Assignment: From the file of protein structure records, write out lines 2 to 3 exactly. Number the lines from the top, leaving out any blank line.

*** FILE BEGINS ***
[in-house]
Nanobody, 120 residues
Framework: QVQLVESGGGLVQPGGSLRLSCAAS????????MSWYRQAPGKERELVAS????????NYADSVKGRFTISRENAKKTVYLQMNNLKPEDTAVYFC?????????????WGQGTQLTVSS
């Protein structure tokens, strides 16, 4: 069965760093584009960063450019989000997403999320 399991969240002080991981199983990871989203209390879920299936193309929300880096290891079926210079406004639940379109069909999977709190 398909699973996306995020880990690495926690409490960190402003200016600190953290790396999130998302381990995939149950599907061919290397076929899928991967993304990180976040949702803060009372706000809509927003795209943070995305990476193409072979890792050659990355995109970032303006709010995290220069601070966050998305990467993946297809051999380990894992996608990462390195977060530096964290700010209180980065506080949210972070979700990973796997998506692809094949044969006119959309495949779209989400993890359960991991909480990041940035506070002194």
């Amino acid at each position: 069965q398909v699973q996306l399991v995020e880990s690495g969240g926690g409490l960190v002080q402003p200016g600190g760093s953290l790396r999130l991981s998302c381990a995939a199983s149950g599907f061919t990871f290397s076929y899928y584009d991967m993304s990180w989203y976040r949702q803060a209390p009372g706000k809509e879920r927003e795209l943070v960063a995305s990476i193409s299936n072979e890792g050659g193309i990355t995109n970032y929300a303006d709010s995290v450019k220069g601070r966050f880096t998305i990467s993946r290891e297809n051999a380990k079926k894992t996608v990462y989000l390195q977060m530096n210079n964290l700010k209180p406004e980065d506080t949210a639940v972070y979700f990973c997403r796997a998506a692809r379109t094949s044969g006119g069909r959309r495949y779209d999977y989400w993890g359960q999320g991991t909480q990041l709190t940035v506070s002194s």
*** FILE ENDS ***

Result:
Nanobody, 120 residues
Framework: QVQLVESGGGLVQPGGSLRLSCAAS????????MSWYRQAPGKERELVAS????????NYADSVKGRFTISRENAKKTVYLQMNNLKPEDTAVYFC?????????????WGQGTQLTVSS